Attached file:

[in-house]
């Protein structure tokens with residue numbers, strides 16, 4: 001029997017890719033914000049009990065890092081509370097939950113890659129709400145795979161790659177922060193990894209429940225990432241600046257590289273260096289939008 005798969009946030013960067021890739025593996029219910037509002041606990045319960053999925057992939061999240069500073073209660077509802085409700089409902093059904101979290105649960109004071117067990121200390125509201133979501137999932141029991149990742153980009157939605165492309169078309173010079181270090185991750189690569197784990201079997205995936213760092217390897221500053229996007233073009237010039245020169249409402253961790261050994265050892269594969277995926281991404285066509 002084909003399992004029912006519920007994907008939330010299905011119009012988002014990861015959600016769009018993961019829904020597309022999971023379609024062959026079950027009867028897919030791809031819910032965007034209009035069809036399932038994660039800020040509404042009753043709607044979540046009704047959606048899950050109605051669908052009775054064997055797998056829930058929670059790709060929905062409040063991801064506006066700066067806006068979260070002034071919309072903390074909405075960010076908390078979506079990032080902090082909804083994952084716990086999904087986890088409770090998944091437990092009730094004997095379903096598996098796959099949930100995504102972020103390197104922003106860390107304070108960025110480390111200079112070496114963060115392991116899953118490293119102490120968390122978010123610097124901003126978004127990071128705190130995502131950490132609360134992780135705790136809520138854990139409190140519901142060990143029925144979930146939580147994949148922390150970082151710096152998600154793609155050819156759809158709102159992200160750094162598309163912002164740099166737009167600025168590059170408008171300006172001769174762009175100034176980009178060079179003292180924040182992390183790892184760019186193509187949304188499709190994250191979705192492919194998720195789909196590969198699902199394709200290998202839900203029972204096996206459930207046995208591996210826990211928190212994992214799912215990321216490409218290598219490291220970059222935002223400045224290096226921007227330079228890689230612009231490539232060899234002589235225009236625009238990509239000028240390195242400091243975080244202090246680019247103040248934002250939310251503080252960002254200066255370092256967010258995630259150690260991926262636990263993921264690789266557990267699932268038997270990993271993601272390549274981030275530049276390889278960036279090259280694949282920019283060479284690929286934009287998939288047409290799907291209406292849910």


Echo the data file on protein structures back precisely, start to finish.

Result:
[in-house]
């Protein structure tokens with residue numbers, strides 16, 4: 001029997017890719033914000049009990065890092081509370097939950113890659129709400145795979161790659177922060193990894209429940225990432241600046257590289273260096289939008 005798969009946030013960067021890739025593996029219910037509002041606990045319960053999925057992939061999240069500073073209660077509802085409700089409902093059904101979290105649960109004071117067990121200390125509201133979501137999932141029991149990742153980009157939605165492309169078309173010079181270090185991750189690569197784990201079997205995936213760092217390897221500053229996007233073009237010039245020169249409402253961790261050994265050892269594969277995926281991404285066509 002084909003399992004029912006519920007994907008939330010299905011119009012988002014990861015959600016769009018993961019829904020597309022999971023379609024062959026079950027009867028897919030791809031819910032965007034209009035069809036399932038994660039800020040509404042009753043709607044979540046009704047959606048899950050109605051669908052009775054064997055797998056829930058929670059790709060929905062409040063991801064506006066700066067806006068979260070002034071919309072903390074909405075960010076908390078979506079990032080902090082909804083994952084716990086999904087986890088409770090998944091437990092009730094004997095379903096598996098796959099949930100995504102972020103390197104922003106860390107304070108960025110480390111200079112070496114963060115392991116899953118490293119102490120968390122978010123610097124901003126978004127990071128705190130995502131950490132609360134992780135705790136809520138854990139409190140519901142060990143029925144979930146939580147994949148922390150970082151710096152998600154793609155050819156759809158709102159992200160750094162598309163912002164740099166737009167600025168590059170408008171300006172001769174762009175100034176980009178060079179003292180924040182992390183790892184760019186193509187949304188499709190994250191979705192492919194998720195789909196590969198699902199394709200290998202839900203029972204096996206459930207046995208591996210826990211928190212994992214799912215990321216490409218290598219490291220970059222935002223400045224290096226921007227330079228890689230612009231490539232060899234002589235225009236625009238990509239000028240390195242400091243975080244202090246680019247103040248934002250939310251503080252960002254200066255370092256967010258995630259150690260991926262636990263993921264690789266557990267699932268038997270990993271993601272390549274981030275530049276390889278960036279090259280694949282920019283060479284690929286934009287998939288047409290799907291209406292849910």